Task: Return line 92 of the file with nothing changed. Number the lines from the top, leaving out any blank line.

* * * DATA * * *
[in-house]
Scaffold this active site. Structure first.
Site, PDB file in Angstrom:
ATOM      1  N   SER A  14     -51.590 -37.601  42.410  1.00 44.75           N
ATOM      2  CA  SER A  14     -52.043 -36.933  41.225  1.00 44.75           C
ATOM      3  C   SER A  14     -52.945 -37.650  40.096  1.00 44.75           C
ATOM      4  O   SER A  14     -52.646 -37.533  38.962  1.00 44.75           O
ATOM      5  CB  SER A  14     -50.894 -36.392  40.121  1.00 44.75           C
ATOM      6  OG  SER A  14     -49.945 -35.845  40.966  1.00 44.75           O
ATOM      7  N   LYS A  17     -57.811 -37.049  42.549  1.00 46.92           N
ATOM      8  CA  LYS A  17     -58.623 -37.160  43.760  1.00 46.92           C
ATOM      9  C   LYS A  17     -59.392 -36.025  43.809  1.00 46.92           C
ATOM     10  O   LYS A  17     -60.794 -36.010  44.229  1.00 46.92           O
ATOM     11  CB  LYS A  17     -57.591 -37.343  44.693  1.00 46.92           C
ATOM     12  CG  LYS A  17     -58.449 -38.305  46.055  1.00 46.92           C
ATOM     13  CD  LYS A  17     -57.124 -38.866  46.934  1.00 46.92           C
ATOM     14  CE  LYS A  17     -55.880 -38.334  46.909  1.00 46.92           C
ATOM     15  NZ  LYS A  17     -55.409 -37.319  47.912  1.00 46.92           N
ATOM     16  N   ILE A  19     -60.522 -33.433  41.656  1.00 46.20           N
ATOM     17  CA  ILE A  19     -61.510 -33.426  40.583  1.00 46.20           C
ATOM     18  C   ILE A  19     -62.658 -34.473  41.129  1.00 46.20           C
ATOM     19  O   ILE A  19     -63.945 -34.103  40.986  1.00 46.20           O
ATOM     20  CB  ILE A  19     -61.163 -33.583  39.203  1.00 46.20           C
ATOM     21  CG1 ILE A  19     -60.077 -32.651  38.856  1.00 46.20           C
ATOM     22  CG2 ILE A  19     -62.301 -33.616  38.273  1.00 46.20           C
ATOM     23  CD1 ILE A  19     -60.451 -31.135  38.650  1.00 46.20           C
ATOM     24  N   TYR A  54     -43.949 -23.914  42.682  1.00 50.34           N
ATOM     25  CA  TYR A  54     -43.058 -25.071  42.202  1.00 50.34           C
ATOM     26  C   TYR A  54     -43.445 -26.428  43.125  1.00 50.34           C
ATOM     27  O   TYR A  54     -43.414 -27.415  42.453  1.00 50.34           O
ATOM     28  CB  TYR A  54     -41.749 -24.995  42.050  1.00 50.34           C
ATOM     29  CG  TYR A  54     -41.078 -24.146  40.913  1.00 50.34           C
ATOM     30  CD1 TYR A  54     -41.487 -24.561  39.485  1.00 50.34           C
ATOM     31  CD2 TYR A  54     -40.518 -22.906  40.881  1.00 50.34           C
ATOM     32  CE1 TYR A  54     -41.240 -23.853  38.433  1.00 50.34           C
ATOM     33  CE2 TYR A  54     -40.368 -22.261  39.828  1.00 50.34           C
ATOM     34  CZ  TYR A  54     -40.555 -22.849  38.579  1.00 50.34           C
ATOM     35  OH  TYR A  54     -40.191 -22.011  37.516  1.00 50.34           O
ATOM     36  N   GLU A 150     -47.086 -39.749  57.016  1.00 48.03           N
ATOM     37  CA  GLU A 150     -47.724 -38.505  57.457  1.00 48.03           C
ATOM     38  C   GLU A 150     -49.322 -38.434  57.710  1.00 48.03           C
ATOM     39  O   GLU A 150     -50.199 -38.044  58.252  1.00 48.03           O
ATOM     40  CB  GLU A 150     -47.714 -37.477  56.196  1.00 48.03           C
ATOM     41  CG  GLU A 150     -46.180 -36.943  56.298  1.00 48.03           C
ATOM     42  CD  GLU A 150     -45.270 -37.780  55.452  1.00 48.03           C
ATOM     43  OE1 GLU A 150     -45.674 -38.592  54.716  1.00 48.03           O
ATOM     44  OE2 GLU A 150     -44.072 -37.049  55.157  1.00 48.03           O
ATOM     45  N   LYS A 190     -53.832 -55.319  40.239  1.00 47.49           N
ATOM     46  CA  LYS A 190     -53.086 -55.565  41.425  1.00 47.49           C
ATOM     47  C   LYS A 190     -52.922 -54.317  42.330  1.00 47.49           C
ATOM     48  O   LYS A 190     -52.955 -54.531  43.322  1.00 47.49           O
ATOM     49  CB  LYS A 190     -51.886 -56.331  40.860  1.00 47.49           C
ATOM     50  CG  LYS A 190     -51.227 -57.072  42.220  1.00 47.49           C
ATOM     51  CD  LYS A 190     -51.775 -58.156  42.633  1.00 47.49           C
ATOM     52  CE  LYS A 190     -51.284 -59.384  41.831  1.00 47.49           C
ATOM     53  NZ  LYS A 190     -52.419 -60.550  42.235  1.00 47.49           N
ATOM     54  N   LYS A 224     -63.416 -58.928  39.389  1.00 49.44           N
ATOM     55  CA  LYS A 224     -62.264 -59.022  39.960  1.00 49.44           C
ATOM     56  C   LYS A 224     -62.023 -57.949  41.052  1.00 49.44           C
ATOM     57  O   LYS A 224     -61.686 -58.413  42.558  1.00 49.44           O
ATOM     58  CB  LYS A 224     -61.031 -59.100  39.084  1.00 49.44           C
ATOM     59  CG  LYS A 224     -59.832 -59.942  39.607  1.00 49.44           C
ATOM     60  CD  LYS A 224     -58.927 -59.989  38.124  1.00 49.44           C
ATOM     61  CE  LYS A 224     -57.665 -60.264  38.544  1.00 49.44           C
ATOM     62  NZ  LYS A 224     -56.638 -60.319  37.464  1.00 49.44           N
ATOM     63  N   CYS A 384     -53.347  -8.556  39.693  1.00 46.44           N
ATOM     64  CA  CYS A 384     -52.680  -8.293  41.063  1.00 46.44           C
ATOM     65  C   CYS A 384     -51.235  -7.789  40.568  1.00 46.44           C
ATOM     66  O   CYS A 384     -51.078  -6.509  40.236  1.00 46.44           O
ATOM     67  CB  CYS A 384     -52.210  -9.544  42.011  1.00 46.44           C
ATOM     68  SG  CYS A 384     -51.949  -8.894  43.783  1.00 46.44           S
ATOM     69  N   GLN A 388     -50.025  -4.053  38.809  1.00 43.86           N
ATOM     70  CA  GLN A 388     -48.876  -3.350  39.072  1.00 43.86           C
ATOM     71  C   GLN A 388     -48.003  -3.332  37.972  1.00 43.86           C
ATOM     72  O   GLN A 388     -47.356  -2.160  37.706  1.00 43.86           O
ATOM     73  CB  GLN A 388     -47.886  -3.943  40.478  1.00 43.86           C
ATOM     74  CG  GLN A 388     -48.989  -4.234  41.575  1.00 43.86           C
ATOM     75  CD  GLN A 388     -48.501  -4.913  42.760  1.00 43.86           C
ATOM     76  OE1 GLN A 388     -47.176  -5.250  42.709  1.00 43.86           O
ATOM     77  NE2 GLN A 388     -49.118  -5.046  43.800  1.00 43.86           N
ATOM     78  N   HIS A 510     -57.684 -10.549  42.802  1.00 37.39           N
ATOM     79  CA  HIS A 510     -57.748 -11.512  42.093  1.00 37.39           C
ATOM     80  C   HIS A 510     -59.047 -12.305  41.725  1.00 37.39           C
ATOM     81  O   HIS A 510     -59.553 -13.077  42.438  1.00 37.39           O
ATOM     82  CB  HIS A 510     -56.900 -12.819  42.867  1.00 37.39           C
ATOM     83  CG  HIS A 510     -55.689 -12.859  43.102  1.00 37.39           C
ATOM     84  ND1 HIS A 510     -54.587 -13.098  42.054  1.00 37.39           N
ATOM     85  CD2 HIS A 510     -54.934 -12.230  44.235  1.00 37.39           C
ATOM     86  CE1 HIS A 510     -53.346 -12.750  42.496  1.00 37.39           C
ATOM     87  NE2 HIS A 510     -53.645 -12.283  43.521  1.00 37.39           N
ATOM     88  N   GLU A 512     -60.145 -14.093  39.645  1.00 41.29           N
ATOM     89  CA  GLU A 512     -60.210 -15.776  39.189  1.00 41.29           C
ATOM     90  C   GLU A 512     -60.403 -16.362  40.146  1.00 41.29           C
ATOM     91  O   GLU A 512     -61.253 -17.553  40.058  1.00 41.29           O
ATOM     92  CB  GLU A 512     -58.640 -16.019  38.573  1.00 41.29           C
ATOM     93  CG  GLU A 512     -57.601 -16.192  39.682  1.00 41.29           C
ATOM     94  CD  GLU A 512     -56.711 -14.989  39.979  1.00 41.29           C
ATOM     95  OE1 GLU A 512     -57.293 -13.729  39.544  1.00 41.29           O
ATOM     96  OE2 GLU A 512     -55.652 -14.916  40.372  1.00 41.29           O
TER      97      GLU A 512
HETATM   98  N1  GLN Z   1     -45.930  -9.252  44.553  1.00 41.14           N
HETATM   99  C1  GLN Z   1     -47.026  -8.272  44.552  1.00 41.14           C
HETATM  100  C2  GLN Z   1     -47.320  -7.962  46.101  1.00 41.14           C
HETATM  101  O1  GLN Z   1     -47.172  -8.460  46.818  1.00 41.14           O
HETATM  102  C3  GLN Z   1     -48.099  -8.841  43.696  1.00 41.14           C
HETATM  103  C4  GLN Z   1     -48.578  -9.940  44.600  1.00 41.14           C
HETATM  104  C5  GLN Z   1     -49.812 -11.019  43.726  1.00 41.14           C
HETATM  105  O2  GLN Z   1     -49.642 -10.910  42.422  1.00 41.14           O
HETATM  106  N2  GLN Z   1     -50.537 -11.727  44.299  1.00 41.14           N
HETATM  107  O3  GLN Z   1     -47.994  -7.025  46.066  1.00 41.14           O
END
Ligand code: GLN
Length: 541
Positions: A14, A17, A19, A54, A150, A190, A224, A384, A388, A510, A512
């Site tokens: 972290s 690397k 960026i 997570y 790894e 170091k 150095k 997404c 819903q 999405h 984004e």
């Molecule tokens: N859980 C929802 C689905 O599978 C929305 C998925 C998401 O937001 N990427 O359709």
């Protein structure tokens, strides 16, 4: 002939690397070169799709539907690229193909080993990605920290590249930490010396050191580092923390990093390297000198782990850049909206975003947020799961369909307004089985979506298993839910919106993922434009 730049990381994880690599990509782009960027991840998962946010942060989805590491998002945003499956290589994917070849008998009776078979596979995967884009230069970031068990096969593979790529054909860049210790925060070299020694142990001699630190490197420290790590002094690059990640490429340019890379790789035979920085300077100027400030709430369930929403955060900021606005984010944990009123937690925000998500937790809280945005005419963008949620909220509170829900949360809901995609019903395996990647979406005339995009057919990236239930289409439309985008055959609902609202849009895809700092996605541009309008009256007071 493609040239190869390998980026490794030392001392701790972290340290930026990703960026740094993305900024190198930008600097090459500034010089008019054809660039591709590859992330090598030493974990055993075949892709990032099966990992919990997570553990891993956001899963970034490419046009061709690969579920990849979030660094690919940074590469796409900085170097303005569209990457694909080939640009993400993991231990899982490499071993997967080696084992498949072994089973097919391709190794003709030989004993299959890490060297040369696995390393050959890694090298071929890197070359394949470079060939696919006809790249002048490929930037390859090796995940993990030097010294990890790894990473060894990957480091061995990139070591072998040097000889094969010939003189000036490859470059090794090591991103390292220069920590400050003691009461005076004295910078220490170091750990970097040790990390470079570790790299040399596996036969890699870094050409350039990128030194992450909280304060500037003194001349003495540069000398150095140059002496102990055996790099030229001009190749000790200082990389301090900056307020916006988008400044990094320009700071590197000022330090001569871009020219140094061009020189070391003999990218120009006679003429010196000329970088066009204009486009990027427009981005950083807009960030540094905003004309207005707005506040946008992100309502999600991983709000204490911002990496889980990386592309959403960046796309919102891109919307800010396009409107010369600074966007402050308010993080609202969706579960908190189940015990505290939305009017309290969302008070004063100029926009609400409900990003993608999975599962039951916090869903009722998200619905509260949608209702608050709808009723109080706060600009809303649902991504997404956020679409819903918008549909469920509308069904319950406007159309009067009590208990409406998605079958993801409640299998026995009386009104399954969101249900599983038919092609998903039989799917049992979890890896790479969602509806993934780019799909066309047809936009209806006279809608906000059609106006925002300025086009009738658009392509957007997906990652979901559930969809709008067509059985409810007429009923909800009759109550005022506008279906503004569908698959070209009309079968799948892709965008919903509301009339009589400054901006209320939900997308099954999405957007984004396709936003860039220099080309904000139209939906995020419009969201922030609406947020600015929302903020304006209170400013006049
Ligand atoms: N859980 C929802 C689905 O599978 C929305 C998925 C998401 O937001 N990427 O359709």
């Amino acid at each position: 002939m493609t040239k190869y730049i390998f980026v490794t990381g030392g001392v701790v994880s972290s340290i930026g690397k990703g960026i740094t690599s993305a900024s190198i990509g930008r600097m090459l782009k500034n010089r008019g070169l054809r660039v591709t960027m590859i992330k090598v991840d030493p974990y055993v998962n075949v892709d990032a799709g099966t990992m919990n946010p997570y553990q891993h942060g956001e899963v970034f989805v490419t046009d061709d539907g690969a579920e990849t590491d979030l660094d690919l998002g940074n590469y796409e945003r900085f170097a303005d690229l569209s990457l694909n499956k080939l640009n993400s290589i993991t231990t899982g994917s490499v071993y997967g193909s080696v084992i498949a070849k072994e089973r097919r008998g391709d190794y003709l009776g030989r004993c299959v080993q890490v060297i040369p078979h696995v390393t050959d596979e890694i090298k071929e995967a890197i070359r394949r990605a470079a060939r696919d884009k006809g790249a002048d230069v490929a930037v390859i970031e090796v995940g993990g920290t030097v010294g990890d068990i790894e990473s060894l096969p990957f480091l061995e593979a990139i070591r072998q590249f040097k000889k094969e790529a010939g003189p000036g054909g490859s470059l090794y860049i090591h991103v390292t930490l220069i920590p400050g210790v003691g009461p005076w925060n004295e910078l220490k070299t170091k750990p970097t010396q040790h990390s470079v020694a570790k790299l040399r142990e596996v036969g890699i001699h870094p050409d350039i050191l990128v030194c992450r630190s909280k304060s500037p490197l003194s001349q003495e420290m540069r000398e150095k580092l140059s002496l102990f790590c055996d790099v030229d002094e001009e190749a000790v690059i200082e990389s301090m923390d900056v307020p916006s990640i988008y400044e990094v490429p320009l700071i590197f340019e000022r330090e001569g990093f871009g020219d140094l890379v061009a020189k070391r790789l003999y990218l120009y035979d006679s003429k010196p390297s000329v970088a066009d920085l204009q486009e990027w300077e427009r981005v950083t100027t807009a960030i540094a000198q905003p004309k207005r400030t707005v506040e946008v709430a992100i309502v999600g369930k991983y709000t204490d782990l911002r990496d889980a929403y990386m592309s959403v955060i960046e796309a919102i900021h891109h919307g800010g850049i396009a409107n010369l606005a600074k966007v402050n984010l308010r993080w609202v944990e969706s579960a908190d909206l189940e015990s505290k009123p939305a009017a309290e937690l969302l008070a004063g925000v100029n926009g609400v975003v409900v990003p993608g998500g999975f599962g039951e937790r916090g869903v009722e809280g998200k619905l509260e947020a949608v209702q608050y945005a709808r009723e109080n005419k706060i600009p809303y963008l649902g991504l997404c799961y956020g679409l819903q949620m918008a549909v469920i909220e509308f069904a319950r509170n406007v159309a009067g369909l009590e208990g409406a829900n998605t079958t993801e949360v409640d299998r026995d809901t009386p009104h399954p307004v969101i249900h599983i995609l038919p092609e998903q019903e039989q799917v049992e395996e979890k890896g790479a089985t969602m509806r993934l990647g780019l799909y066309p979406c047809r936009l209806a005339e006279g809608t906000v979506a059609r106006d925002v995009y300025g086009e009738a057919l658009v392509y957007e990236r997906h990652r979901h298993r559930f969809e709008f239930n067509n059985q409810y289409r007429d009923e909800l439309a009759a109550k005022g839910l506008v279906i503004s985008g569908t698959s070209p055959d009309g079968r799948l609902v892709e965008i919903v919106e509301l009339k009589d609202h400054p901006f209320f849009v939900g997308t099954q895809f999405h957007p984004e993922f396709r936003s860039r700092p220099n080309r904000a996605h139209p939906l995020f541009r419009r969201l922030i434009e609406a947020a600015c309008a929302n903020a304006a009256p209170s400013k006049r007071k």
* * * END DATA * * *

ATOM     89  CA  GLU A 512     -60.210 -15.776  39.189  1.00 41.29           C